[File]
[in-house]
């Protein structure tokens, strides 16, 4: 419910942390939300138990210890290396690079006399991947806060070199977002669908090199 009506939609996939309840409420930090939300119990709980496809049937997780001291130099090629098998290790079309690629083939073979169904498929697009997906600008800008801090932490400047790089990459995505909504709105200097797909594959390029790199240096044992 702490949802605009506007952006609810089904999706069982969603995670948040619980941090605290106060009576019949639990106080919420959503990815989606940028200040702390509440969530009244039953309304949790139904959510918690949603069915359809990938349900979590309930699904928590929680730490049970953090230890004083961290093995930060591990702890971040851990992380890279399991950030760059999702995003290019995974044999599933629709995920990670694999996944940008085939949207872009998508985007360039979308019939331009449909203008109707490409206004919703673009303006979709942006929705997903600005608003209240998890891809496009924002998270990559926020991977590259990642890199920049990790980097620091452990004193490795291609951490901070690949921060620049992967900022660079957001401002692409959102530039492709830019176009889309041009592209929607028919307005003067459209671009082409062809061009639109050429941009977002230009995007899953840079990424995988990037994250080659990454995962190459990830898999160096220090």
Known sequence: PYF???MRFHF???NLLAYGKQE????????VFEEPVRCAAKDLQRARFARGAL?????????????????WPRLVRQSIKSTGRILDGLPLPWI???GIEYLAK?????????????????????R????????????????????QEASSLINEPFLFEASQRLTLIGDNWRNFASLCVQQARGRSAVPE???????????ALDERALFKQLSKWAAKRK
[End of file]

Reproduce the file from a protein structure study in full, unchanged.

[in-house]
């Protein structure tokens, strides 16, 4: 419910942390939300138990210890290396690079006399991947806060070199977002669908090199 009506939609996939309840409420930090939300119990709980496809049937997780001291130099090629098998290790079309690629083939073979169904498929697009997906600008800008801090932490400047790089990459995505909504709105200097797909594959390029790199240096044992 702490949802605009506007952006609810089904999706069982969603995670948040619980941090605290106060009576019949639990106080919420959503990815989606940028200040702390509440969530009244039953309304949790139904959510918690949603069915359809990938349900979590309930699904928590929680730490049970953090230890004083961290093995930060591990702890971040851990992380890279399991950030760059999702995003290019995974044999599933629709995920990670694999996944940008085939949207872009998508985007360039979308019939331009449909203008109707490409206004919703673009303006979709942006929705997903600005608003209240998890891809496009924002998270990559926020991977590259990642890199920049990790980097620091452990004193490795291609951490901070690949921060620049992967900022660079957001401002692409959102530039492709830019176009889309041009592209929607028919307005003067459209671009082409062809061009639109050429941009977002230009995007899953840079990424995988990037994250080659990454995962190459990830898999160096220090």
Known sequence: PYF???MRFHF???NLLAYGKQE????????VFEEPVRCAAKDLQRARFARGAL?????????????????WPRLVRQSIKSTGRILDGLPLPWI???GIEYLAK?????????????????????R????????????????????QEASSLINEPFLFEASQRLTLIGDNWRNFASLCVQQARGRSAVPE???????????ALDERALFKQLSKWAAKRK